In the 2010 film Inception, Dom Cobb leads a team of corporate spies who infiltrate the dreams of wealthy executives to extract company secrets (about emerging products, trading strategies, business data, etc.) for their competitors and give them a strategic advantage. They use “shared dreaming” to be able to enter a dreamer’s world and interact with the “reality” of the dream. Of course, the dreamer’s world is often bizarre, unpredictable, and nonlinear in nature!
He is approached by Saito, portrayed by Ken Watanabe, with a unique proposition: instead of extracting information, he wants Cobb to perform inception on a competitor’s heir, Robert Fischer Jr., to plant an idea in his mind that would ultimately dismantle his father’s powerful empire.
The concept of subconscious security comes into play when Cobb and his team attempt to infiltrate Fischer’s mind on multiple dream layers. The deeper they go into the subconscious, the more they encounter security measures that protect Fischer’s mind from foreign invaders, like Cobb’s team.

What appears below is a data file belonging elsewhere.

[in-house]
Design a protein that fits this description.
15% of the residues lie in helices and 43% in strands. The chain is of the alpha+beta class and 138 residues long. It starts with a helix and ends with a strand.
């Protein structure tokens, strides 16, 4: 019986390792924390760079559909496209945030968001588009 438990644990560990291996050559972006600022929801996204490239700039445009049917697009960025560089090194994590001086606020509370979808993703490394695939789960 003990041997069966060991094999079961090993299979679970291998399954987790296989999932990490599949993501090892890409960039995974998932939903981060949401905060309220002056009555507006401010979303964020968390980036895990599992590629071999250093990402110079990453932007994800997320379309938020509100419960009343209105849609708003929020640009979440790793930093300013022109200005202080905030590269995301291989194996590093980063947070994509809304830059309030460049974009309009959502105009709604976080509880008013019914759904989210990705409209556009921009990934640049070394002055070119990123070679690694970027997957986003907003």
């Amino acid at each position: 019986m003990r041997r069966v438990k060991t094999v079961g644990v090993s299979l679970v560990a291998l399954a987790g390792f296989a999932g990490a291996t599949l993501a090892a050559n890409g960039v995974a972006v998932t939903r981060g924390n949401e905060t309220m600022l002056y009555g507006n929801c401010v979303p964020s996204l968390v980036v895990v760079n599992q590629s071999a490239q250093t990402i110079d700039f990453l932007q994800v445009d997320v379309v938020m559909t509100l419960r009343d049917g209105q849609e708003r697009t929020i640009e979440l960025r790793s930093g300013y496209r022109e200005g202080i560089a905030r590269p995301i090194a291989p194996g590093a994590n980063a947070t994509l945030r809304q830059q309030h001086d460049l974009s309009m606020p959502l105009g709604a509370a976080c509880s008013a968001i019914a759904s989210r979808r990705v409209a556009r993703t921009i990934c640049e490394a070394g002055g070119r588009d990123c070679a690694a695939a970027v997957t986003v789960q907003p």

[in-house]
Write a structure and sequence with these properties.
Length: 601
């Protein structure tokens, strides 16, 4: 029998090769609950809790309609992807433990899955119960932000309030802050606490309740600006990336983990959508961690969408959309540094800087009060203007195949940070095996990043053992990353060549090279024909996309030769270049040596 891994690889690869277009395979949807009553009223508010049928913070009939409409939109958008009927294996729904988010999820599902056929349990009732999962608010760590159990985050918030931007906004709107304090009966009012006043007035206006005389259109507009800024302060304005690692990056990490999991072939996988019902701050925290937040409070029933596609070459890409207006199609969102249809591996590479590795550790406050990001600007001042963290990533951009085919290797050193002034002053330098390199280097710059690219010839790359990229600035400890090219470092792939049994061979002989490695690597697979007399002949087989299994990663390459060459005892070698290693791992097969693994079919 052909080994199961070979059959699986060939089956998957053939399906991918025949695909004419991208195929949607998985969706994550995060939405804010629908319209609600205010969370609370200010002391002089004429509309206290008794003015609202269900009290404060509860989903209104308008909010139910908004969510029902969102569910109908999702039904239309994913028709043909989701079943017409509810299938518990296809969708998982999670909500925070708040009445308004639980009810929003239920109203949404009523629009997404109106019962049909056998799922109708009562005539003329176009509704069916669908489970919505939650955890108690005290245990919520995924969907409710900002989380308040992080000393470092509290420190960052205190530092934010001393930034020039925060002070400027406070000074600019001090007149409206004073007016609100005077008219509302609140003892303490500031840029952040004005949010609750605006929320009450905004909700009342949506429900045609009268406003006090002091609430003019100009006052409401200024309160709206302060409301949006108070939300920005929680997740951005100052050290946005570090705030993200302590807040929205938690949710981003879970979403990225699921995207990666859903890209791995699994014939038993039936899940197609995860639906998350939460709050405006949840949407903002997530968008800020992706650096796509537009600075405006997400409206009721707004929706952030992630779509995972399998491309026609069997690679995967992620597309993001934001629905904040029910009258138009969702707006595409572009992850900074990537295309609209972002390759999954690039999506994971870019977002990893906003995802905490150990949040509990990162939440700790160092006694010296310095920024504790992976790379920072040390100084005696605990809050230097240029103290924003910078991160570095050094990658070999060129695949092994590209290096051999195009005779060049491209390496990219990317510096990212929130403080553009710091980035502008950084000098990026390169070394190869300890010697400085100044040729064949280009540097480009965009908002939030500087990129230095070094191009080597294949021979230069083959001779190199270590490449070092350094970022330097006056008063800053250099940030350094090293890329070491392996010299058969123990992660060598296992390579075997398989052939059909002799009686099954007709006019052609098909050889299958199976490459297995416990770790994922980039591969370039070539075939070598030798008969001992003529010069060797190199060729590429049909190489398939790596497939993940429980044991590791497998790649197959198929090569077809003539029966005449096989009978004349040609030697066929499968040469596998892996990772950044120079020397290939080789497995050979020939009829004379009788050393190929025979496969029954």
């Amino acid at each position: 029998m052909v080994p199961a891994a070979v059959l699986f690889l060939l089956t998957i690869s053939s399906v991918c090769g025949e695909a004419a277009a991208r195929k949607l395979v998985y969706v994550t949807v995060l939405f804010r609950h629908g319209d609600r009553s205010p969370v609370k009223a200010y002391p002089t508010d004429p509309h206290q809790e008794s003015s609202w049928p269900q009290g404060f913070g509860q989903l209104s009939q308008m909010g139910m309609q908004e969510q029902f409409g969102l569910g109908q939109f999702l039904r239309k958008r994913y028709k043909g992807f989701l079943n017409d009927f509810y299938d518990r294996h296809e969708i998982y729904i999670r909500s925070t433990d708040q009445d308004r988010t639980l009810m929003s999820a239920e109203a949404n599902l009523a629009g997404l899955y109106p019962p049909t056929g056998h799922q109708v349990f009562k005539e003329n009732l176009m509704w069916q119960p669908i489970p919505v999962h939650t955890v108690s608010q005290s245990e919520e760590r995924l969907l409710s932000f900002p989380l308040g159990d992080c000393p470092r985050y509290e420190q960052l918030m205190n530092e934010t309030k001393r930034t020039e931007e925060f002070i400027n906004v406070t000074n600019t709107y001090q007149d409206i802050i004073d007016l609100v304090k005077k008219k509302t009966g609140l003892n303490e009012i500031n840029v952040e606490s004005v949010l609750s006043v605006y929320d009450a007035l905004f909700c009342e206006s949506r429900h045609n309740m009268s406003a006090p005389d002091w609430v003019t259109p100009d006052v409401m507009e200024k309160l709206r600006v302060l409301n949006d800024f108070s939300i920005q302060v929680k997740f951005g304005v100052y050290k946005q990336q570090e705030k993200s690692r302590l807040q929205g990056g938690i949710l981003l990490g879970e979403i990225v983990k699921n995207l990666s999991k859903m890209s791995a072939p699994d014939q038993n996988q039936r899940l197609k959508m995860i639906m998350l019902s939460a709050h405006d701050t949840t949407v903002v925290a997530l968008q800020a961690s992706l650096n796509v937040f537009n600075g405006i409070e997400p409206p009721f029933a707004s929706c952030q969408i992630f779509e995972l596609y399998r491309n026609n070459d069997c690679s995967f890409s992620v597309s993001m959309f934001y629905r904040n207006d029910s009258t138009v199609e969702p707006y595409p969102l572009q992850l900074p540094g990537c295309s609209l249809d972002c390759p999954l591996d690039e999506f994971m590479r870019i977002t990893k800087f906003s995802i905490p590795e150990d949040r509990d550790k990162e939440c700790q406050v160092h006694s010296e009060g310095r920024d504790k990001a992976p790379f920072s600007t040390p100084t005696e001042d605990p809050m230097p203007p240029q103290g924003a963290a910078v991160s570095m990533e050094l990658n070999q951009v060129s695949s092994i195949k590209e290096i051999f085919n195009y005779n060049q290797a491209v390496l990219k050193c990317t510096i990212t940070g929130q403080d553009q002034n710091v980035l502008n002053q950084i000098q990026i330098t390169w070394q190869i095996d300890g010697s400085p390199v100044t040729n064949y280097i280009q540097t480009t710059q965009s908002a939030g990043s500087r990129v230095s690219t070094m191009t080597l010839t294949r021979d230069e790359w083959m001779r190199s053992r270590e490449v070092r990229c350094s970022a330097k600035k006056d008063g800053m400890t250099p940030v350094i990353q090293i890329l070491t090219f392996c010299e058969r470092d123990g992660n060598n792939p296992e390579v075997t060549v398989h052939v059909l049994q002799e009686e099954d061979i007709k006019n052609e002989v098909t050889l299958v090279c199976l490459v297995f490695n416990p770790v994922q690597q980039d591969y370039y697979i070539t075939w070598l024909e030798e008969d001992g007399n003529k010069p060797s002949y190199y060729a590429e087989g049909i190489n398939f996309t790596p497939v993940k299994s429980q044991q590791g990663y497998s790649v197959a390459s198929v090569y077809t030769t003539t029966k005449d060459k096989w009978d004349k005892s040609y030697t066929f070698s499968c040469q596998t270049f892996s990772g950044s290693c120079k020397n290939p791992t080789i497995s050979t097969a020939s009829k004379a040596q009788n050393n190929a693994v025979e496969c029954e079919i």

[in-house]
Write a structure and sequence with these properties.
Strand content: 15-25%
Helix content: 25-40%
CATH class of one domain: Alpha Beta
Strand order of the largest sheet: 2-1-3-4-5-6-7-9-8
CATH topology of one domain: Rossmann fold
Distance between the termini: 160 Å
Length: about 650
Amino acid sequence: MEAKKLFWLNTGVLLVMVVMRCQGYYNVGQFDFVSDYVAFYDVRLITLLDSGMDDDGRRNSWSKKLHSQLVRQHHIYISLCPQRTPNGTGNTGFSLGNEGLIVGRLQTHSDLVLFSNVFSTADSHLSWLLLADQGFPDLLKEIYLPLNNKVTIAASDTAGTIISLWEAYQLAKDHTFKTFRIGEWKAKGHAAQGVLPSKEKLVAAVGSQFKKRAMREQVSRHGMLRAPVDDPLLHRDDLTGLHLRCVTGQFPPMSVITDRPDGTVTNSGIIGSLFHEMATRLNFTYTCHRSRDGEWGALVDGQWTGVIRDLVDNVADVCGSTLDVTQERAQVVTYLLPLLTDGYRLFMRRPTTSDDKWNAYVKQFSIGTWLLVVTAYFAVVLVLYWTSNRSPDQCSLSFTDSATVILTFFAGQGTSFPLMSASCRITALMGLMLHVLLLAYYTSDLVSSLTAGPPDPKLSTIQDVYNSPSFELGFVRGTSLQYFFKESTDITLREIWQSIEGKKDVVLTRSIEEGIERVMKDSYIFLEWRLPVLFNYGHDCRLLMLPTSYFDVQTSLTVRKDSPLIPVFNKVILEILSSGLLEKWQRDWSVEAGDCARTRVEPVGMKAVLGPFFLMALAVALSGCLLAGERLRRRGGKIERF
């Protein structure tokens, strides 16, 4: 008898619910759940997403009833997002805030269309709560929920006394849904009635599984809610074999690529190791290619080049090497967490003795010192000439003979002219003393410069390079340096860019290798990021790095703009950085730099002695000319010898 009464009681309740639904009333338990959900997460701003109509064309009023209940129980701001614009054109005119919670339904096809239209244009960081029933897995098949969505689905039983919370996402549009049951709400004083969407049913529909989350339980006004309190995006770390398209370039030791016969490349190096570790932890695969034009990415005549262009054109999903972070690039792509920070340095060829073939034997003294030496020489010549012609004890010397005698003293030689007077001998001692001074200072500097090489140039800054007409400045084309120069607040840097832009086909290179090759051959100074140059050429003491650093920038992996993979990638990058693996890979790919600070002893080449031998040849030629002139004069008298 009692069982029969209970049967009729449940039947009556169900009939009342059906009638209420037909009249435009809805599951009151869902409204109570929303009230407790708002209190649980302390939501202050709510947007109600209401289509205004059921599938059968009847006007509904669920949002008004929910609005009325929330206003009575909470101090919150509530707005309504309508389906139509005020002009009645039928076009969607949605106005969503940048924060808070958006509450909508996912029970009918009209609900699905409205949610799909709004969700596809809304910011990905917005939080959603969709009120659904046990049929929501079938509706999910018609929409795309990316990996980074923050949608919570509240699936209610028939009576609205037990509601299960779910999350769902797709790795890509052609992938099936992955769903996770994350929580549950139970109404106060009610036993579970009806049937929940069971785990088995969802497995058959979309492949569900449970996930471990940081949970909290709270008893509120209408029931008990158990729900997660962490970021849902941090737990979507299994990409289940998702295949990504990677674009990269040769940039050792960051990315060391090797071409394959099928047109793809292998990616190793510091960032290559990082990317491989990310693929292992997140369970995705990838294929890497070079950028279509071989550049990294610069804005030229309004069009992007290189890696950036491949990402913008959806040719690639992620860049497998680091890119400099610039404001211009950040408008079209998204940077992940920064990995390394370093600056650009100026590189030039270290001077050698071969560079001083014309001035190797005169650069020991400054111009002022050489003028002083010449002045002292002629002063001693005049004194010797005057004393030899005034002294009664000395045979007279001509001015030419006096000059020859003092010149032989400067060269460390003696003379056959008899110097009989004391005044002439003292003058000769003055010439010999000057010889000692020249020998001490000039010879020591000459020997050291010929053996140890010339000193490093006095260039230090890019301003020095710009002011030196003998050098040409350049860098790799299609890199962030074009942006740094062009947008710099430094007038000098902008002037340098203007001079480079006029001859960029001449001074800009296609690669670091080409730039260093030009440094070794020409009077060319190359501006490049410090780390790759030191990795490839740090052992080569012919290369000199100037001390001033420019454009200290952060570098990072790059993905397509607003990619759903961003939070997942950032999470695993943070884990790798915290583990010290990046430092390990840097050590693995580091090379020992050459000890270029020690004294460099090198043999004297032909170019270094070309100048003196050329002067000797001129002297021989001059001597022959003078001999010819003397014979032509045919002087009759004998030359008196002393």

The rules of the “real world” don’t always apply, and often gravity, time, other properties of physics and rationality are warped and distorted. In order to be able to navigate this world, Dom Cobb and his “crew” must be able to deal with lack of predictability. In addition, there can be multiple layers of dreams (“dreams within a dream”) where time progresses more slowly in the “deeper” dreams that they do in the “upper” levels of dreaming. So, an hour in one dream would seem like minutes in another, etc.
A totem, in the context of the movie, is a unique personal object that an individual uses to determine whether they are in a dream or reality. For Cobb, his totem is the spinning top. In reality, the top will eventually lose momentum and topple over due to gravity. When Cobb is in a dream, the top will continue spinning indefinitely without falling. By observing the behavior of the spinning top, Cobb can determine whether he is in his own reality or trapped in a dream.